You can feel it in the air — the holidays are here. And that means you are spending more time than usual shopping. For some, the exercise in trying to gauge just what everyone on your list might like best is fun. But for others — particularly for men — some new research has shown, it's stressful.
A new BizRate poll conducted for the comparison shopping web site Shopzilla found that for 48 percent of men, holiday shopping brings on feelings of inadequacy, confusion and anxiety. More than 56 percent of women, on the other hand, say they're actually excited about buying holiday gifts.
So this week, I decided to do all of you men (and more than a few of you women) a favor. This week's column is a little lesson in how to buy for us things we will not only use or like, but things that will make us tingle all the way down to the tips of our toes. The end result? We'll appreciate you even more.
- Do your research. Usually this advice coming from me means head to the Internet, the Kelly Blue Book, the library.
In this case, it means talk to her friends. The woman in her life has a tight circle of insiders. They know what's on her list. They know in what color. They know in what size. Heck, they may even know when it's going on sale at 50 percent off.
If you don't trust them to keep your inquiries to themselves, use the other clues she leaves lying around the house, suggests Janet Davies, founder of thegiftexpert.com and author of “Darling, You Shouldn't Have: What Women Really Want and How To Get It Right Every Time” (Arima Publishing). If a woman keeps a catalog or a magazine, chances are pretty good she likes something inside it. The page may even be dog-earred.
- Pay attention. We drag you on extended shopping trips as often as you'll allow it and each time we admire at least a few things. If we point out something in March, we'll be tres impressed if you remember to buy it for us in December. If you know you're not going to remember — the BizRate research found that only 22 percent of men do their holiday shopping throughout the year — make a point of writing it down when you get home.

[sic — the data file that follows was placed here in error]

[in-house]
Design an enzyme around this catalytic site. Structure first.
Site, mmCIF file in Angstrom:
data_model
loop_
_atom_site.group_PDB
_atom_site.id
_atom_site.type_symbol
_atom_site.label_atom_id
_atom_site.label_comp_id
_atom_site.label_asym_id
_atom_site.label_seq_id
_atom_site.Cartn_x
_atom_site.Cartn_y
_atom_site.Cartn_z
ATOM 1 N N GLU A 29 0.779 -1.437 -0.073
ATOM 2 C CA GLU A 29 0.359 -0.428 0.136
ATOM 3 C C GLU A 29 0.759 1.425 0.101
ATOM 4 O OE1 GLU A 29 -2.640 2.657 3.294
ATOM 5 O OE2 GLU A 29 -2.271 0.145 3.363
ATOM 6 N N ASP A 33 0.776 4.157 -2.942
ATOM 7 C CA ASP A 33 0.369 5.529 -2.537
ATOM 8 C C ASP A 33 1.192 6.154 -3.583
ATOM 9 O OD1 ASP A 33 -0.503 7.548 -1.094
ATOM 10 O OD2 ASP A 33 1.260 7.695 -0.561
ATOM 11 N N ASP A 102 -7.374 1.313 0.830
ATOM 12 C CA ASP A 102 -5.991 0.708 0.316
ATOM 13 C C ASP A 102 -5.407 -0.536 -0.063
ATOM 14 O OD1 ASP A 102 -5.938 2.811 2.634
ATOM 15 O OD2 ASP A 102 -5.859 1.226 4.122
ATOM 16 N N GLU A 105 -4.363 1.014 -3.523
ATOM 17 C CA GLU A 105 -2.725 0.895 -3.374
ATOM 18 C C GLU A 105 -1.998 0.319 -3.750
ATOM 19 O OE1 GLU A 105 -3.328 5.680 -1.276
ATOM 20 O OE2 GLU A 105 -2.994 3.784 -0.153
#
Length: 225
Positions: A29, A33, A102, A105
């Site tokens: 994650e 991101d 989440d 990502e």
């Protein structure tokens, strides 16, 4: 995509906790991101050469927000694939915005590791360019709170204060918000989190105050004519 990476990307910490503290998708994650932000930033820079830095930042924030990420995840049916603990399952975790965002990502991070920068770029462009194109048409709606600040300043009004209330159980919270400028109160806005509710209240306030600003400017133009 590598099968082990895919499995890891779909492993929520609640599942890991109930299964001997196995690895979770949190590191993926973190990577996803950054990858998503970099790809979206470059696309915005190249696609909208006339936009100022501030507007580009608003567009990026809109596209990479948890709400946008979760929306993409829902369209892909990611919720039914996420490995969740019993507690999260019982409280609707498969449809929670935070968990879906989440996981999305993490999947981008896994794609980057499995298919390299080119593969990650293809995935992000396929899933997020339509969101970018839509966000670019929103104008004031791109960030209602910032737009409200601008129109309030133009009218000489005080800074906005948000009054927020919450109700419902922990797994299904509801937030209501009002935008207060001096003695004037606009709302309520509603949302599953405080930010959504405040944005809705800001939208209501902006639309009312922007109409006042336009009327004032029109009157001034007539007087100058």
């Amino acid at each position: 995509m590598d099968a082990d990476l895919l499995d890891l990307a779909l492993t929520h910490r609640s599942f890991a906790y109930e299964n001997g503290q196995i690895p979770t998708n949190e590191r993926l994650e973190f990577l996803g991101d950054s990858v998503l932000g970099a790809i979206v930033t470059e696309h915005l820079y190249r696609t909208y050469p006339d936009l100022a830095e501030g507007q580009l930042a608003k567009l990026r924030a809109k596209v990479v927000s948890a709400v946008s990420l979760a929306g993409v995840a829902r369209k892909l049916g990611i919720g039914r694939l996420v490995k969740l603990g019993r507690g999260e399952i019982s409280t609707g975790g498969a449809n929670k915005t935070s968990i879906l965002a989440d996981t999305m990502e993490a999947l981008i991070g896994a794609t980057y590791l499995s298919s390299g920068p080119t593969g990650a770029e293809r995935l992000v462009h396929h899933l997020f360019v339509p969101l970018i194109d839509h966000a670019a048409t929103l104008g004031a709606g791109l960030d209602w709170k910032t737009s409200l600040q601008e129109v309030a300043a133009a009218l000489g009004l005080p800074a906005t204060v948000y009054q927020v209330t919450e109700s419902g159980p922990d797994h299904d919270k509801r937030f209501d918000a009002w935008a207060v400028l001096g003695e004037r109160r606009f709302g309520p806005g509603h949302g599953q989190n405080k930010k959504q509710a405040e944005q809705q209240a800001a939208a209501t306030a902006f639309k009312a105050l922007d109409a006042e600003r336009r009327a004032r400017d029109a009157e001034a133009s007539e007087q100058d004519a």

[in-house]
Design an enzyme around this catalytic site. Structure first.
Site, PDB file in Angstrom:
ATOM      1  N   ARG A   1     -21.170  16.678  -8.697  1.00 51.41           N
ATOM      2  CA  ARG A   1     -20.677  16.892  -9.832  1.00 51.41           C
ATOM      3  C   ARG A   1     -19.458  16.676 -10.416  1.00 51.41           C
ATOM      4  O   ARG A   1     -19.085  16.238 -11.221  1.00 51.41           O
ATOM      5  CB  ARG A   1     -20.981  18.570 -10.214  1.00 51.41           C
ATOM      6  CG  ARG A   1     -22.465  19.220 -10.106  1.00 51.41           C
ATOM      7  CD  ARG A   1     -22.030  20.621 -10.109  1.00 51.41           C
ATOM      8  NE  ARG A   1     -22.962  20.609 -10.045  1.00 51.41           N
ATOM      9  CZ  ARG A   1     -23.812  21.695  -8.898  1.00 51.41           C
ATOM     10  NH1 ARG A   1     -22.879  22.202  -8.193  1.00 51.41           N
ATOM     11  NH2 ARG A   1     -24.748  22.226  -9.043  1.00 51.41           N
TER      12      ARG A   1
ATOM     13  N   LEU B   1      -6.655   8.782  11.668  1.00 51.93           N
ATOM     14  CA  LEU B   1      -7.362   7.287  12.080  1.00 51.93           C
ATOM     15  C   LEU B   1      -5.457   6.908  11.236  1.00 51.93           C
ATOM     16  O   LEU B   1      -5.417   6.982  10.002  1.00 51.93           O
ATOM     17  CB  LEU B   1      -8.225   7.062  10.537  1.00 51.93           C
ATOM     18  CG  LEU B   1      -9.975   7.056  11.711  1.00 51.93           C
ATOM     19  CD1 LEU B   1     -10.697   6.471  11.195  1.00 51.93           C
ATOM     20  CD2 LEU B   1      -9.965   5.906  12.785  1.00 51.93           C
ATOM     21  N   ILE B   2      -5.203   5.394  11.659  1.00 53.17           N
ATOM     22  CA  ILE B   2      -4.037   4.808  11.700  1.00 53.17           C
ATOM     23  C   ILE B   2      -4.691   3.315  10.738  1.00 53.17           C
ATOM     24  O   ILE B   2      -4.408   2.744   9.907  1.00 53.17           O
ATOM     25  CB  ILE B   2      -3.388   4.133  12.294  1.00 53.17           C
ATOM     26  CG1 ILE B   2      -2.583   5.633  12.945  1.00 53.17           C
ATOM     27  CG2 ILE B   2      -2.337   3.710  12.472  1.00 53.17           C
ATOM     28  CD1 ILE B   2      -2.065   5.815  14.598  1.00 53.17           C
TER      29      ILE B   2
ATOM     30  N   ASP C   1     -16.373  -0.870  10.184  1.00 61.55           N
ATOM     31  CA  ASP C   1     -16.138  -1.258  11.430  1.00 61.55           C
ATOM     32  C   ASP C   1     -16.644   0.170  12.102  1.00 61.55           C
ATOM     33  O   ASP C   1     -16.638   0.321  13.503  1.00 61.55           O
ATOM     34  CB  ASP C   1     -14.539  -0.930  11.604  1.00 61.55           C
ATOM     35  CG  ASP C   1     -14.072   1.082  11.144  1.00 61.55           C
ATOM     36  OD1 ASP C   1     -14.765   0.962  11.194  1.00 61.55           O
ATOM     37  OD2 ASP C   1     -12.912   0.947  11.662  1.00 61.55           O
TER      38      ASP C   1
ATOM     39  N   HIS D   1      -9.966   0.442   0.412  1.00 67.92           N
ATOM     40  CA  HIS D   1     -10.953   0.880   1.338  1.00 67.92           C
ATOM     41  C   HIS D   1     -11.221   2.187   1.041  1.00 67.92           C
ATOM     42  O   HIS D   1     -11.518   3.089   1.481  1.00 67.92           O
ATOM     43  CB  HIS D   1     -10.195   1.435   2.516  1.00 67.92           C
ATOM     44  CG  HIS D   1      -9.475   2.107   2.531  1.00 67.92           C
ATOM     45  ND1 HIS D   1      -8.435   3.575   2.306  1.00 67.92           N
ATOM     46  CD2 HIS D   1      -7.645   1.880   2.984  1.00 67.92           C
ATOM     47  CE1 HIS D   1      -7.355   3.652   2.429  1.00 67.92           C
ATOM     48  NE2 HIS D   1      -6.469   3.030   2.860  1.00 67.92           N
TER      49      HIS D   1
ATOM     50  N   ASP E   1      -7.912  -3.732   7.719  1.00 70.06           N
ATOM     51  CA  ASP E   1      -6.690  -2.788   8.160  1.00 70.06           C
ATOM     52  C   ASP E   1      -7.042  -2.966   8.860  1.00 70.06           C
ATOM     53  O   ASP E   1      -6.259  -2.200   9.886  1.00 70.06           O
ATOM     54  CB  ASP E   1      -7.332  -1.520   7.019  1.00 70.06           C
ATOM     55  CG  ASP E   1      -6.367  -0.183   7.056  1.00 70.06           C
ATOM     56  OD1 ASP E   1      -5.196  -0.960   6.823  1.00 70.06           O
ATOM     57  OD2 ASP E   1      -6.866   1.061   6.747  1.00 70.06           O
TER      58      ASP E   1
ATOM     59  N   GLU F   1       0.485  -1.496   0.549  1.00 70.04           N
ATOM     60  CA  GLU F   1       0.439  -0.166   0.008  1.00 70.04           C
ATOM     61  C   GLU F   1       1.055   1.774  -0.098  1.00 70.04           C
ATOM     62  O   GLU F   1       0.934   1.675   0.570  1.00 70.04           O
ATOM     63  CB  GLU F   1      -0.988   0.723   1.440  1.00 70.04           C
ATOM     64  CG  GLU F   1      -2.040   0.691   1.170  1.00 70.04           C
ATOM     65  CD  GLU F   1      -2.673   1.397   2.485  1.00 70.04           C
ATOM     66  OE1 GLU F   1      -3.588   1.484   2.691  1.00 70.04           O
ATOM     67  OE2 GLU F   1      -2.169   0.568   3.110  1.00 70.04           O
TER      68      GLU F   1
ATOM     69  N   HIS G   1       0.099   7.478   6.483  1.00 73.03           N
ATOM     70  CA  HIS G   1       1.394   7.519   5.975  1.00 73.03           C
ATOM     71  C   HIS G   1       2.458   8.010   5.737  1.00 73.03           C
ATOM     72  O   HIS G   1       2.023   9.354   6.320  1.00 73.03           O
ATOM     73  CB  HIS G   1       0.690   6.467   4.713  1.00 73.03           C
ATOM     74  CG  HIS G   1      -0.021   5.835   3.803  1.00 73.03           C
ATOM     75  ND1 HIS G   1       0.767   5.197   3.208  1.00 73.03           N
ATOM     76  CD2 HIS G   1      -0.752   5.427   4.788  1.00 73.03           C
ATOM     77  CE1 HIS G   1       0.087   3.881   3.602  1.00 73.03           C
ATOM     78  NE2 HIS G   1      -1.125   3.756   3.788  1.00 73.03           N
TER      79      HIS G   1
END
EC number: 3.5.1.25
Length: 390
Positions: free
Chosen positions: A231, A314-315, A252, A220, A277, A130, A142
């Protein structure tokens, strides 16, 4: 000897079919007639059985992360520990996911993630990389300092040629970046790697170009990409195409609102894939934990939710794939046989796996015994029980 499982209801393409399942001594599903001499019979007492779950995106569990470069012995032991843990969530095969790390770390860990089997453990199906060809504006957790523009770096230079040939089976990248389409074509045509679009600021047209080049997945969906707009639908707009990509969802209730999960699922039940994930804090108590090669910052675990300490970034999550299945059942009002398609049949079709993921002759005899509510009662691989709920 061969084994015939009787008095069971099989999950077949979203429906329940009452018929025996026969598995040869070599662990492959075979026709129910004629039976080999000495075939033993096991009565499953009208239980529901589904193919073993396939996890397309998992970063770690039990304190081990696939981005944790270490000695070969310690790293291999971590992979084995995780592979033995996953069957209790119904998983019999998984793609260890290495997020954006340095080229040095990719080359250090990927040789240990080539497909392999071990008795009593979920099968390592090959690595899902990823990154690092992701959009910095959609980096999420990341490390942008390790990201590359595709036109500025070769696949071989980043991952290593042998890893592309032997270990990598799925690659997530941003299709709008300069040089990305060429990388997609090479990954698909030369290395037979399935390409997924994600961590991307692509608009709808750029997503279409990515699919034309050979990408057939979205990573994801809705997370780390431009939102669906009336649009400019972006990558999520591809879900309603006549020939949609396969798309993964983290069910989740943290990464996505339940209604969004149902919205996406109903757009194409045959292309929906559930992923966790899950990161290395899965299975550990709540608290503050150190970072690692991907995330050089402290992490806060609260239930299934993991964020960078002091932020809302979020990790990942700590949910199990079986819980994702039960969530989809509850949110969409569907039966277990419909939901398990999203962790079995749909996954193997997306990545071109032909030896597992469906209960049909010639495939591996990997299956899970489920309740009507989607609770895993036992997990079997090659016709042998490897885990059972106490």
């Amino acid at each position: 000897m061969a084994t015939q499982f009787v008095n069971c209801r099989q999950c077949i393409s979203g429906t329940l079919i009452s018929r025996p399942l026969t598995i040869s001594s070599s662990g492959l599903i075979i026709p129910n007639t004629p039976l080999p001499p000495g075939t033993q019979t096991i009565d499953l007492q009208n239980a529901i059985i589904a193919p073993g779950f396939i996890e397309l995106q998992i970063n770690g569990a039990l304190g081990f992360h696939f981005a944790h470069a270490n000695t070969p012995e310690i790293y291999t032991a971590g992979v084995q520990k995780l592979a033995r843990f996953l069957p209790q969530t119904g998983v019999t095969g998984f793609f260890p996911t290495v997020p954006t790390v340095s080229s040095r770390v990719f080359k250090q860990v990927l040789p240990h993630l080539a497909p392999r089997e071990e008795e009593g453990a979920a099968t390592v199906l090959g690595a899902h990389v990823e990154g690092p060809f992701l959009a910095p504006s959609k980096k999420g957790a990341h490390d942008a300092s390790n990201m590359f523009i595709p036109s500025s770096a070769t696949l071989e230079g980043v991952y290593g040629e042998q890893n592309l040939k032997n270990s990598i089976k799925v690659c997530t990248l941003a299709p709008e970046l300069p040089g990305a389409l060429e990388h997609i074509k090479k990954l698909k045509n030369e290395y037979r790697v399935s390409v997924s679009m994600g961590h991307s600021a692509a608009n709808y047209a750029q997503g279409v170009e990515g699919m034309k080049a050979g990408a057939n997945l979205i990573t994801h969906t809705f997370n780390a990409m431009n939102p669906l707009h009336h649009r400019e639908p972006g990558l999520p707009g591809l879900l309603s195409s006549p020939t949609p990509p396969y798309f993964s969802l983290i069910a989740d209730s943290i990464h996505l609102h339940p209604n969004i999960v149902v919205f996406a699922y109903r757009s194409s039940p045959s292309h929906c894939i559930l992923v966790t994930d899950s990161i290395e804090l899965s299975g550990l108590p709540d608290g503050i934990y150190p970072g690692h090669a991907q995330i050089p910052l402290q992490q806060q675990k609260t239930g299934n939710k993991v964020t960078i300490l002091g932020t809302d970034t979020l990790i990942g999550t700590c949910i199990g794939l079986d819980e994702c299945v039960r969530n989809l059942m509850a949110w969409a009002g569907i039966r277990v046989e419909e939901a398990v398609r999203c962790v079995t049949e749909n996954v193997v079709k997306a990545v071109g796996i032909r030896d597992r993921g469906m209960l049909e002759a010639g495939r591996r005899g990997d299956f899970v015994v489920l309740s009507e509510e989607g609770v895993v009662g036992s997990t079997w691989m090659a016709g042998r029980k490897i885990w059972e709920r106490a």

- Try shopping online. In the early days of Internet shopping, men dominated the marketplaces. Women have since taken over (no surprise, I suppose, we make 80 percent of all household purchases in other places.)
If your gal is a consistent online shopper, you've got a roadmap of where she's been most often: her computer's history. If she isn't, stick to familiar web sites and brands, particularly when making expensive purchases like jewelry. The best part of the deal Almost every online retailer will wrap your present for you, making you look like a champ when it comes time to swap or place it under the tree.
- Avoid utility. We may need a kitchen appliance, a microwave, a hand-held blender or a new vacuum. If you bought us one on a Sunday afternoon, just because, we'd rave about how unbelievably thoughtful we thought you were.
But on the holidays? No thanks. Similarly, we don't want anything that we have to put together. (Spending two hours watching you scowl and curse as you put it together for us is no fun either. If assembly is required, please do it before hand out of our purview, or hire out.)
Interestingly, we'd rather you not overlook electronics. You may think we'll think they're not romantic or personal enough, but that little MP3 player is in fact pretty sexy (especially if you load it up with special tunes). If we spend a lot of time in our cars, a satellite radio subscription and receiver might be a good idea. If we throw a lot of parties a new stereo or surround sound system might be in order. As long as you have good reason — and therefore put sufficient thought — into the gift, you'll be safe in this category.
“Men are good at shopping for electronics and they often enjoy the technology side, so giving technological gifts can really balance gender differences,” says Helen Malani, chief shopping expert for Shopzilla.
- No gift cards. Not today. Not ever. That thought thing is the reason for my personal ban on gift cards of all sorts. Yes, I know they're failsafe. But these days, when pretty much every supermarket has a rack of gift cards (Home Depot, Starbucks, iTunes, whatever you want, chances are it's there) these little pieces of plastic spell cop-out to me.
- Finally, no pouting if we return something. Here's the bottom line: we'd love you to buy us something that we truly love, that we want to wear tonight, use tomorrow, put on and never take off. But if you miss, understand we will do our best to give you ample credit for trying. A guilt trip for a misstep — “I'm never buying you another handbag again!” — takes all the fun out of the scenario for both you and for us. Chalk it up to practice makes perfect. And know that if you need to take back the leather jacket we spent time and effort picking out for you, we'll understand. Really. We will.Jean Chatzky is an editor-at-large at Money magazine and serves as AOL's official Money Coach. She is the personal finance editor for NBC's "Today Show" and is also a columnist for Life magazine. She is the author of four books, including "Pay It Down! From Debt to Wealth on $10 a Day" (Portfolio, 2004). To find out more, visit her Web site, www.jeanchatzky.com.